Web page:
• Mission San Jose

    El Camino Real de los Tejas

    National Historic Trail TX,LA

Unveiling the First Road Signs along El Camino Real de los Tejas at Apache Pass

Apache Pass river crossing
Apache Pass river crossing

Subscribe RSS Icon | What is RSS
News Release Date: September 19, 2012
Contact: Steve Gonzales, 512-850-9073
Contact: Dr. Lucile Estell, 512-446-5372

Hit the Trail! Join us at Apache Pass for the unveiling of the first ever official National Park Service signs along El Camino Real de los Tejas National Historic Trail on Monday, October 8, 2012 at 10:00 AM. The event will feature a formal unveiling of the signs by US Senator Kay Bailey Hutchison. 

Apache Pass is located at 9112 North FM 908, Rockdale Texas 76567. 

From the east:  Take US Highway 79 into downtown Rockdale and turn left on FM 908. Follow FM 908 for 8 miles and you will see the entrance to Apache Pass on your right-hand side.  

From the west: Take US Highway 79 into Thorndale and turn left onto FM 486 at the red traffic light in Thorndale. Follow FM 486 until you get to FM 908. Turn right on FM 908. Continue straight on FM 908 and you will see Apache Pass on your left-hand side.

Event Schedule, Monday, October 8, 2012, 10:00 AM:

  • 10:00 a.m. Welcome, Opening Remarks, Presentation of Colors, and Pledge of Allegiance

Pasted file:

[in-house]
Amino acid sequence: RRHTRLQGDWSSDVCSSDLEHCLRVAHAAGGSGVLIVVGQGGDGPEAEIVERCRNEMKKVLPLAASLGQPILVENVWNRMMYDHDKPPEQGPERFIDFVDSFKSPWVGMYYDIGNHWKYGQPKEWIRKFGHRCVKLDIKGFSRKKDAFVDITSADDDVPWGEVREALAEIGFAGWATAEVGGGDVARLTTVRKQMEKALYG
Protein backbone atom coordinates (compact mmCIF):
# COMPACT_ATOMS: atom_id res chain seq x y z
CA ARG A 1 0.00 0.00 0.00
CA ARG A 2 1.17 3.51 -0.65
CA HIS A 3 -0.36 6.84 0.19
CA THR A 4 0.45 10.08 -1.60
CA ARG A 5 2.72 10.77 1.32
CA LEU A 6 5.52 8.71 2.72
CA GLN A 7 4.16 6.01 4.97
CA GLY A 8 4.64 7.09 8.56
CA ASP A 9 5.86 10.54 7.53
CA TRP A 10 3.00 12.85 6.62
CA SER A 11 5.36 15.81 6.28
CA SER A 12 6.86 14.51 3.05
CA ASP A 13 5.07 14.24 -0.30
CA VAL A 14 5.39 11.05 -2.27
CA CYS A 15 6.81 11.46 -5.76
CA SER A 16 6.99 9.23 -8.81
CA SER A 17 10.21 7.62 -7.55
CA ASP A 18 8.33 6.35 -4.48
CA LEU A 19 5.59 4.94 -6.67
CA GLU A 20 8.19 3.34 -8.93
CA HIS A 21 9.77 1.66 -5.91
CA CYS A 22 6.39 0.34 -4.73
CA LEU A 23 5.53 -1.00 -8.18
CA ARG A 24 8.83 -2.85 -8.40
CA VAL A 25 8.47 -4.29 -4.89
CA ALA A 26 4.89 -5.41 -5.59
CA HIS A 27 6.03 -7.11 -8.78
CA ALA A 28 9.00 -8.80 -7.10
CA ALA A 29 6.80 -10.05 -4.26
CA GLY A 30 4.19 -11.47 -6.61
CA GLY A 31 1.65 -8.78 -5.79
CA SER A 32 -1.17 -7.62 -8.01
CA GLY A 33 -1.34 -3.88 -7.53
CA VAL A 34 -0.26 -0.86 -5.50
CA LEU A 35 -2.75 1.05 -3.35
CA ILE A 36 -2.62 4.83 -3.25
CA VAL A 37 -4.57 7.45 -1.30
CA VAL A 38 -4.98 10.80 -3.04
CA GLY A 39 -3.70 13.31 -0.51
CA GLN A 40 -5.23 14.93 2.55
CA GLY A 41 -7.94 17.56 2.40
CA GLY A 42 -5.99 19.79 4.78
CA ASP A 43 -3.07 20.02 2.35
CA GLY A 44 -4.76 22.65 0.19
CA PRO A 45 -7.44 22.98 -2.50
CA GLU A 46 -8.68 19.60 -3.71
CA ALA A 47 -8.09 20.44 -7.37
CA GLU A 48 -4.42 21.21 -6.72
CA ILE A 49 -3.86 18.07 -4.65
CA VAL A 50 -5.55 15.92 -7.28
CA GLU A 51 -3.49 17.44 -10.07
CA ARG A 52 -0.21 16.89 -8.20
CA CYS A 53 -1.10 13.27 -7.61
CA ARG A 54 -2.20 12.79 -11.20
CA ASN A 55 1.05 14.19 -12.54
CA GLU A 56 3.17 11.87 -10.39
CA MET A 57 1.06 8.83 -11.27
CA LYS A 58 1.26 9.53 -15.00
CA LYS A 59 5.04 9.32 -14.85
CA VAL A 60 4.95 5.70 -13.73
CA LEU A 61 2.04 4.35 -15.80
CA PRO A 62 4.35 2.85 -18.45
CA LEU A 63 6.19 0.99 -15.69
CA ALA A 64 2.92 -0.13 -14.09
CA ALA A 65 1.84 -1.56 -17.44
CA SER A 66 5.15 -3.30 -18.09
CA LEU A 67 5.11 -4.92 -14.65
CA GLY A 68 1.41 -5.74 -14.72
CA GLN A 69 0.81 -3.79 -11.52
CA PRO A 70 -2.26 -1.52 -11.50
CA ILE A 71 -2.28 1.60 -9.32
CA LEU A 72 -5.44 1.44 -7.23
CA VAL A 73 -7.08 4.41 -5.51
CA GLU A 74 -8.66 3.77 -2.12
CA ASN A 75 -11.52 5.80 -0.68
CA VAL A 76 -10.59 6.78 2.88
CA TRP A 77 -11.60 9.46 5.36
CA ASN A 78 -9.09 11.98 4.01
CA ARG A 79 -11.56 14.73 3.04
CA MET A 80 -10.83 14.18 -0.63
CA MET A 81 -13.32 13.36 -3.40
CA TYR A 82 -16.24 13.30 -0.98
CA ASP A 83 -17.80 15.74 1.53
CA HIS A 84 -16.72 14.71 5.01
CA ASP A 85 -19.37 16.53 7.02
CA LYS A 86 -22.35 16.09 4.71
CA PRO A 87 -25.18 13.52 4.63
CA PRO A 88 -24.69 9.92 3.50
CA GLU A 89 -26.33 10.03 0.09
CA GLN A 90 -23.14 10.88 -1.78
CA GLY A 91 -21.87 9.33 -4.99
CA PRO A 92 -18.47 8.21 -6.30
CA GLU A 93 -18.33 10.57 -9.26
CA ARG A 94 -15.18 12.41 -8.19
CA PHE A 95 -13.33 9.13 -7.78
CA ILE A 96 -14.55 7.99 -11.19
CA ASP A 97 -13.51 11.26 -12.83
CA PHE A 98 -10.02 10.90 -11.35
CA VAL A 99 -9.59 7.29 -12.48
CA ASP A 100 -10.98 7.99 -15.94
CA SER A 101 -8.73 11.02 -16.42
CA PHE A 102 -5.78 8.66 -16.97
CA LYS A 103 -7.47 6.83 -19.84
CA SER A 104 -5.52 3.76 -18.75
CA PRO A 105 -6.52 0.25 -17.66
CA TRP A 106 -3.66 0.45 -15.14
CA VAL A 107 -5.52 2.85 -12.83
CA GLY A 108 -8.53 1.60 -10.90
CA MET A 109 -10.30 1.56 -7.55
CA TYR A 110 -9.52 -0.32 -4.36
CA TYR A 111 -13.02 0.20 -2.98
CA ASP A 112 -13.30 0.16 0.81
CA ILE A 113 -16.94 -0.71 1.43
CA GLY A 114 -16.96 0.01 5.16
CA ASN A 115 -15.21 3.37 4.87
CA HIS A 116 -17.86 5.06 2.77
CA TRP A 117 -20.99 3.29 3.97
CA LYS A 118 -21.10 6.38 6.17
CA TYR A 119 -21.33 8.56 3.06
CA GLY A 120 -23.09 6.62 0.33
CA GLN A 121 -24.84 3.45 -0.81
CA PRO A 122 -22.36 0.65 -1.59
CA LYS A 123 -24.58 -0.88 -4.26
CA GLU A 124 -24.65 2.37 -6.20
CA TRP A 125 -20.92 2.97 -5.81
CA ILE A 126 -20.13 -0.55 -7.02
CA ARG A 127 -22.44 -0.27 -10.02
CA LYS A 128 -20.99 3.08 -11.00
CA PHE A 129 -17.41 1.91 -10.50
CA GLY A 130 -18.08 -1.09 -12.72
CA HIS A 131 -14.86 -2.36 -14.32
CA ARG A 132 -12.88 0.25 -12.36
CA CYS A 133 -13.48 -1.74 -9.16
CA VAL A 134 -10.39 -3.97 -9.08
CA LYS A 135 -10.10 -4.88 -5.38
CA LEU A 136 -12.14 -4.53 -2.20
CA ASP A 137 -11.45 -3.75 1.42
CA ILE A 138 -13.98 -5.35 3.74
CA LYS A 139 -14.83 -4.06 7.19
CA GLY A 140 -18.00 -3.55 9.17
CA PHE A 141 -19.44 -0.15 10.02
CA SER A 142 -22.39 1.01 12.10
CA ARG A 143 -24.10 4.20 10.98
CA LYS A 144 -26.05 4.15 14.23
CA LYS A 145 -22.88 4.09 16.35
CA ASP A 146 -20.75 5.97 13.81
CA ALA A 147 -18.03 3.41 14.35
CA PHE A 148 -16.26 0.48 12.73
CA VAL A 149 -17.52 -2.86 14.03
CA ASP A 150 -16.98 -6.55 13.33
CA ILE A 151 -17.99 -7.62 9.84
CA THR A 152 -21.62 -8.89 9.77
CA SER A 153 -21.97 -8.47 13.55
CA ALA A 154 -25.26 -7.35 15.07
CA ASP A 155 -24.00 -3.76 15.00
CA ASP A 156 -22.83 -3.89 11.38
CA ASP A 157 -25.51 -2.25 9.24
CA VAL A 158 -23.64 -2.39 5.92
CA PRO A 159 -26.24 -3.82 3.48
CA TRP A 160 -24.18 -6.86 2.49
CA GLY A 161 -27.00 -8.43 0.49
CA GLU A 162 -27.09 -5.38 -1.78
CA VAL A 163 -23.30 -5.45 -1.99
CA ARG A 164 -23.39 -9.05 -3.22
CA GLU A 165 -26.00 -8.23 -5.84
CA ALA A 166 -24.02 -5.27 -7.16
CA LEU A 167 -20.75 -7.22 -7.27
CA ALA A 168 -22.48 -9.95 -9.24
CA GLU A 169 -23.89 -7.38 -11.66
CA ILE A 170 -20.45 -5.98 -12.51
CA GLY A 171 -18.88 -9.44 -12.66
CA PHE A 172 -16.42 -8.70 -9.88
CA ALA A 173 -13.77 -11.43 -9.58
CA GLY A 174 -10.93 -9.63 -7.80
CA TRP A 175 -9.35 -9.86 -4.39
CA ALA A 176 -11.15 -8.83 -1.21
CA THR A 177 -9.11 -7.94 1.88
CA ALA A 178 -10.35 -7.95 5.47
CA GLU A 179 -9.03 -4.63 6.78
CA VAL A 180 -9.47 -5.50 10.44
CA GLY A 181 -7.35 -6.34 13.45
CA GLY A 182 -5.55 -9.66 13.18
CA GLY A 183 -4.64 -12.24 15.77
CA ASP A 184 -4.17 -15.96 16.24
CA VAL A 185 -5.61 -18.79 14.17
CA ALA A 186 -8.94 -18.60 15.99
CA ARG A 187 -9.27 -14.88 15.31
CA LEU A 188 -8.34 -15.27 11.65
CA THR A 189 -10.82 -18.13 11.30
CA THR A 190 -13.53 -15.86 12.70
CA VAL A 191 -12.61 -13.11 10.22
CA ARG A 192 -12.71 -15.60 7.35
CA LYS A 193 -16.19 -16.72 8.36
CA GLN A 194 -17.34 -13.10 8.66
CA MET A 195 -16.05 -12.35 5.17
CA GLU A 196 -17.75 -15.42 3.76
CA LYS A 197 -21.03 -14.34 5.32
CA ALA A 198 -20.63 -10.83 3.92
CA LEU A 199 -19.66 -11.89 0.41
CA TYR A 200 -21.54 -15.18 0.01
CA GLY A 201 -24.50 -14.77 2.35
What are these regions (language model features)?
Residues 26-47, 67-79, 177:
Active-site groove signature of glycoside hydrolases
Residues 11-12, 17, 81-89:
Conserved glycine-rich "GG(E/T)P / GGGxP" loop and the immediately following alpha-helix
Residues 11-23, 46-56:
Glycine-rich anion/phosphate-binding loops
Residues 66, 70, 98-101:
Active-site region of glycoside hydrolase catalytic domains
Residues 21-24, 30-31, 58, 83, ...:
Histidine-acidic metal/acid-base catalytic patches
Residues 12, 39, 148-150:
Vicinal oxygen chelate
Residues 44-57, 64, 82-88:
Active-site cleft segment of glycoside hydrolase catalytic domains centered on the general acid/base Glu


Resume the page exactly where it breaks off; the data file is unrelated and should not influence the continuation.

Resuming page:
• 10:10 a.m. Presentation by Aaron Mahr, Superintendent, El Camino Real de los Tejas National Historic Trail, and Dr. Terry Colley, Deputy Executive Director, Texas Historical Commission
  • 10:30 a.m. Presentation by U S Senator Kay Bailey Hutchison
  • 11:00 a.m. Recognition of US Senator Hutchison's efforts for El Camino Real de los Tejas National Historic Trail
  • 11:05 a.m. Closing Remarks by Milam County Judge Dave Barkemeyer 

El Camino Real de los Tejas connected a series of Spanish missions and posts, from the Río Grande to Los Adaes (first capital of the Texas province), now in northwestern Louisiana. Centuries before the arrival of Spanish explorers, American Indians developed trade routes that linked native communities across hundreds of miles. Beginning in the 1680s, development of the road by the Spanish drastically changed native cultures by making them part of a broader exchange of new ideas and technologies, and exposing them to Old World diseases to which they had little resistance. Congress designated El Camino Real de los Tejas as a national historic trail in 2004 as part of the National Trails System. 

El Camino Real de los Tejas National Historic Trail works with partners to protect, develop, and promote the trail for public use and benefit. Learn more at www.nps.gov/elte

More than 20,000 National Park Service employees care for America's 395 national parks and work with communities across the nation to help preserve local history and create close-to-home recreational opportunities. Learn more at www.nps.gov

Did You Know?

Daughters of the American Revolution granite marker sits on El Camino Real de los Tejas

El Camino Real de los Tejas and the Old San Antonio Road, now a national historic trail, served as an avenue for continuity and change, bringing cultural innovations into Texas from the north, as it had earlier brought Spanish-Mexican institutions from the south.